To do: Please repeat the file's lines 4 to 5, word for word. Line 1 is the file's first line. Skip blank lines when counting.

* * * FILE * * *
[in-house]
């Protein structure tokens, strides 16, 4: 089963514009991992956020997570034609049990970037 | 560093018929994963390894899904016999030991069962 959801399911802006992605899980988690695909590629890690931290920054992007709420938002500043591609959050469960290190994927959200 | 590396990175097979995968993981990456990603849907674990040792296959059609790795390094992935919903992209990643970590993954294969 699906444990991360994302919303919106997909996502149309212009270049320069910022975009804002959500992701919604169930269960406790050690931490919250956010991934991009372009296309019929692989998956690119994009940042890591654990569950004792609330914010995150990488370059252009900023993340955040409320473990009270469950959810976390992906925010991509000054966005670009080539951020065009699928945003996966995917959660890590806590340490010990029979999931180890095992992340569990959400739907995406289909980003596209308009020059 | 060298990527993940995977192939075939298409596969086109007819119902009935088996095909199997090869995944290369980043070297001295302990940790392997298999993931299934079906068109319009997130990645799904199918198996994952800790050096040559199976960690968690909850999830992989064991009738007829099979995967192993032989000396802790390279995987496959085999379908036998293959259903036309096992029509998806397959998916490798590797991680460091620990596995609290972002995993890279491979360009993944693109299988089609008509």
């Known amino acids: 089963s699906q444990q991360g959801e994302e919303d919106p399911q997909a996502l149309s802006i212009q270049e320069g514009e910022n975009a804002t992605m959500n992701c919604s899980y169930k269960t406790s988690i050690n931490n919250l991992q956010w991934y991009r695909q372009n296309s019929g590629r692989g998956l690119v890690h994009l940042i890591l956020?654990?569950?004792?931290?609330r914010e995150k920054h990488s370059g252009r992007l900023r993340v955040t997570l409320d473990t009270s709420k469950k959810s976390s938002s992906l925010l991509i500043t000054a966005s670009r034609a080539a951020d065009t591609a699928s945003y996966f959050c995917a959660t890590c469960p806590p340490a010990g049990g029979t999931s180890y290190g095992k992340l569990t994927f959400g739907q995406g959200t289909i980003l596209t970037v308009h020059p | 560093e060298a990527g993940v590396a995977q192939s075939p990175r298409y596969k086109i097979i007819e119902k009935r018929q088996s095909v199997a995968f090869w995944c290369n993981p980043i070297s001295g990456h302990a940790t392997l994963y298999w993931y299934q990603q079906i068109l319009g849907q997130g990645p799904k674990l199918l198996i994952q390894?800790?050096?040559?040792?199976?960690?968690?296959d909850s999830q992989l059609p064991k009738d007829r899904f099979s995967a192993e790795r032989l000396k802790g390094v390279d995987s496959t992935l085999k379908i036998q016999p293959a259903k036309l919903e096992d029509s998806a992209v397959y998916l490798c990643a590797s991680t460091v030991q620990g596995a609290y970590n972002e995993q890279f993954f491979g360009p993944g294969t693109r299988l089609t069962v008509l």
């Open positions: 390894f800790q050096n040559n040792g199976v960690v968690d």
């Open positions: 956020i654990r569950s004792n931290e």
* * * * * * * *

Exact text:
């Open positions: 390894f800790q050096n040559n040792g199976v960690v968690d």
């Open positions: 956020i654990r569950s004792n931290e």